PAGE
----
According to Gregg Hecimovich, the chairman of the English department at Winthrop University, the actual author [of The Bondwoman's Narrative] was Hannah Bond, a house slave who worked on a North Carolina plantation. Mr Hecimovich's research has shed light on how Hannah Bond was influenced by the great books of the dy - includng Bleak House and Jane Eyre. (Rhys Blakely)
Oliver Kamm's The Pedant in The Times discusses the use of  'unique' . According to some grammarians (amateur grammarians in Mr Kamm's words talking about N.M. Gwynne), 'unique' cannot be used in the comparative, superlative or with any intensifier as it is an absolute adjective. Mr Kamm's disagrees and quotes, among others, Charlotte Brontë herself:
Here is Charlotte Brontë, from her novel Villette: "'A very unique child,' thought I, as I viewed her sleeping countenance by the fitful moonlight, and cautiously and soflty wiped her glittering eyelids and her wet cheeks with my handkerchief."
A Most Dangerous Woman, a play about George Elliot is going go be performed in New Jersey. The New Jersey Star-Ledger talks about it:
Although many contemporary readers know the biographies and novels of Jane Austin (sic) and the Brontë sisters well, the lack of appreciation for Evans’ work and life accomplishments irked playwright Cathy Tempelsman and prompted her to write this play. (Ted Otten)
The Ilkley Gazette publishes the details of a local walk where
And up on the hillside, viewed from the track as it snakes away from the gill and climbs back towards Yarnbury, are a house which was disguised as a chapel for a film version of Wuthering Heights, a tall chimney, and a strange, concrete-looking construction dating from just after the Second World War when the spoil heaps were re-worked for a while. (Mike Priestley)
El Correo (Spain) reviews Coral Glynn by Peter Cameron:
La novela tiene un cierto perfume a Jane Austen y las hermanas Brontë, aunque aquí las pasiones no son nada borrascosas. Todo lo contrario, están atemperadas por la compostura y el fingimiento que dominan la vida de los personajes. (Antonio Paniagua) (Translation)
bloglive (Italy) mentions once again the Brontës in connection with pseudonyms; Brien's Brain posts about Wuthering Heights; l'angolino di Ale (in Italian) reviews Charlotte by Antonella Iuliano; Reading a Little Bit of Eveything reviews Wuthering Nights and interviews its author I.J. Miller:
What made you interested in doing a modern re-telling of Wuthering Heights?
I had actually done a proposal to do an erotic mashup of a Dicken’s novel. The publisher liked it but asked if I could do Wuthering Heights instead. What a marvelous choice! Heathcliff is surely the original tragic, alpha male hero and his love story with Catherine is truly intense. It lent itself perfectly to an erotic interpretation.
Joanna Campbell Slan is touring with the first book of her Jane Eyre Chronicles: Death of a Schoolgirl with Great Escapes Book Tours (check the link for reviews, giveaways and guest posts by the author); Nonmodern posts about Jane Eyre 2011 and today at the Parsonage's Treasure Trove Emily's Paintbox and the ten minutes talk is The Brontës and Music.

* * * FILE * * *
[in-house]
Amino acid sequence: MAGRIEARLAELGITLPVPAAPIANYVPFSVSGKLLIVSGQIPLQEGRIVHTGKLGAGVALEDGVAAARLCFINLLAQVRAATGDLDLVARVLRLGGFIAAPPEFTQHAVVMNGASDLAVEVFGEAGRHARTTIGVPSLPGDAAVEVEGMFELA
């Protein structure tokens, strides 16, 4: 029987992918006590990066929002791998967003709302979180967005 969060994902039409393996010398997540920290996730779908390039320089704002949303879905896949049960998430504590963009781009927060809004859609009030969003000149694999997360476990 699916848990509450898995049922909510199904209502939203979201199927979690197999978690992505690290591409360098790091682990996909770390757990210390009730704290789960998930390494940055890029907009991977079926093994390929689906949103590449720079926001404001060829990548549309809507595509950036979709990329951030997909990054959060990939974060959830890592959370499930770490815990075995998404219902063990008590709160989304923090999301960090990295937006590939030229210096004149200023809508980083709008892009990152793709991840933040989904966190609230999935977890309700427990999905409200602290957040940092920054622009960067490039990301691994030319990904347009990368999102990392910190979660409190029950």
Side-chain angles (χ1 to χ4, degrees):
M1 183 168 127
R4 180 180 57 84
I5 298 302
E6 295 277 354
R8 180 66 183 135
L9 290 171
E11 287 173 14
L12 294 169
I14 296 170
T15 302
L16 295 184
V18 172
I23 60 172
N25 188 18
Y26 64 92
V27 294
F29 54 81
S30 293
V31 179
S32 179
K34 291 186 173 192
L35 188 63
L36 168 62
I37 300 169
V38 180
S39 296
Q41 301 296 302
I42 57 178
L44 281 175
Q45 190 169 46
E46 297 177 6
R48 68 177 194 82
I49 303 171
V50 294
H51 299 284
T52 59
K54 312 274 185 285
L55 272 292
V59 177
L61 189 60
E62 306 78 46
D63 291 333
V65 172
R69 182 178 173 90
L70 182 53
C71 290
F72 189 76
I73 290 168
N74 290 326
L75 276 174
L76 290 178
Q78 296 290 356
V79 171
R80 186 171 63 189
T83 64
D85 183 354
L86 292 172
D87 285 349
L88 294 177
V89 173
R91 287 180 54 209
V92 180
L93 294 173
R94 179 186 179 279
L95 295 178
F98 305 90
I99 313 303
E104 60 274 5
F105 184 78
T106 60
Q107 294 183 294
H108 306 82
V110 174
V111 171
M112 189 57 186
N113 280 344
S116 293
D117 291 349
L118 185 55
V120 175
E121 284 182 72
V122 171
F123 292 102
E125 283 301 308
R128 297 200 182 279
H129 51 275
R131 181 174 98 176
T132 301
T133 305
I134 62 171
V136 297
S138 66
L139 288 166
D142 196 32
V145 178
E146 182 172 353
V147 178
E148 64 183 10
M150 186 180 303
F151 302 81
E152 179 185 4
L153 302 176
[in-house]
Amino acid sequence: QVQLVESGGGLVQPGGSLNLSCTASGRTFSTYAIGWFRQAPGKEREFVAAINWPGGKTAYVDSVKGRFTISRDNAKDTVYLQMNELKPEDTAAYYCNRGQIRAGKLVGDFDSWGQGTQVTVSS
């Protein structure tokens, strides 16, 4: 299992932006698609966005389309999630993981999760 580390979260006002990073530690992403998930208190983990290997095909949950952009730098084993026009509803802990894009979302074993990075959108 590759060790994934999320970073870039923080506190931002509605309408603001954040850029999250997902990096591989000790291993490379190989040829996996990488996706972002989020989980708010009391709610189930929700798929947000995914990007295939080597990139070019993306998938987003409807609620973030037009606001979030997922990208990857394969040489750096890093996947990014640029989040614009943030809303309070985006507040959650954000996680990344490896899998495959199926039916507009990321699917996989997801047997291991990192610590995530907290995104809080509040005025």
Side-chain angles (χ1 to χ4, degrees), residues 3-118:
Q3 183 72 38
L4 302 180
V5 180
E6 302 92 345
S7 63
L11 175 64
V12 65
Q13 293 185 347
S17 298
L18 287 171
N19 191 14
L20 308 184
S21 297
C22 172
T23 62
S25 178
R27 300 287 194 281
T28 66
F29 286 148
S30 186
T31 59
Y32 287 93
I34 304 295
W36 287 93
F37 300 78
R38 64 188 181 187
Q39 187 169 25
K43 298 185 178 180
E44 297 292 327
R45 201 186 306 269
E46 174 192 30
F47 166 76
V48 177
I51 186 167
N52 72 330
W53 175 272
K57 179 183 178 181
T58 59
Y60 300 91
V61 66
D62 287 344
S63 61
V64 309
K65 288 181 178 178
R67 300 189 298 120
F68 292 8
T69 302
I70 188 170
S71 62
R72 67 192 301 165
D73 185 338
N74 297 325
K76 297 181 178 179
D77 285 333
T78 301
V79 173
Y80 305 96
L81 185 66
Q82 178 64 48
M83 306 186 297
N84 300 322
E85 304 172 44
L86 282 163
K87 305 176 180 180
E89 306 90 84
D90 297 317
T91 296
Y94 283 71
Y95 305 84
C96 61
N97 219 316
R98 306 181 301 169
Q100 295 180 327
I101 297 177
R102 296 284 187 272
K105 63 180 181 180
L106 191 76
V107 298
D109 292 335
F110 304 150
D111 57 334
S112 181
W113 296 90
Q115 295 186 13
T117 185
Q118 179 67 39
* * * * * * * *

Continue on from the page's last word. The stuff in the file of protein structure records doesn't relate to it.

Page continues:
Finally, an alert from Wilton, CT. At the Wilton Library:
The Victorian Novel: Approaching 200 Years Old But Still Relevant with Mark Schenker
Saturday, Sept. 21, 4 – 5:30 p.m.
In two unique lectures on the relevance of the great Victorian novels to today’s readers, Mark Schenker, Dean of Academic Affairs in Yale College, will examine the social and psychological issues that confronted the Victorians and that continue to engage us in the 21st century. These include class and gender, social responsibility and personal freedom, and the religious sensibility in an increasingly secular age. Each session is a one hour talk, followed by a Q&A. Wine and cheese will be served until 5:30pm following the talks for those who wish to stay for refreshment and discussion with each other. This original lecture series has been generously sponsored by an anonymous donor. Registration highly recommended.
The Wilton Bulletin has more details about it:
Two novels Mr. Schenker will explore, Charlotte Brontë’s Jane Eyre and Emily Brontë’s Wuthering Heights, are examples of excellent early Victorian novels, he said. He added that Wuthering Heights is one of the few Victorian novels that can compete on the scale of world classics such as the works of Fyodor Dostoyevski.
In both of these pieces, Mr. Schenker said, there is a strong theme of redemption, or receiving a second chance. This, he said, was a common tone of many early Victorian period novels.
“One thing they do is talk about how people get a second chance. In A Christmas Carol, Ebenezer Scrooge realizes he has a chance to “change his life story,” he said. “When Jane Eyre is on the brink of marrying Rochester, he’s already married to another woman locked in the attic … but she gets a second chance to become the mistress of the manor.”
Even in Wuthering Heights, the Yale dean said, Heathcliff is able to achieve his ultimate goal, even after being prevented from doing so in a positive manner.
“Heathcliff is not allowed to marry Catherine, and is not allowed to become a civilized man,” he said. “He wreaks his revenge by controlling the second generation. It’s not a happy ending, but even then — given enough time and hatred he is able to negatively achieve that which he was not allowed to do positively.” (Chris Burns)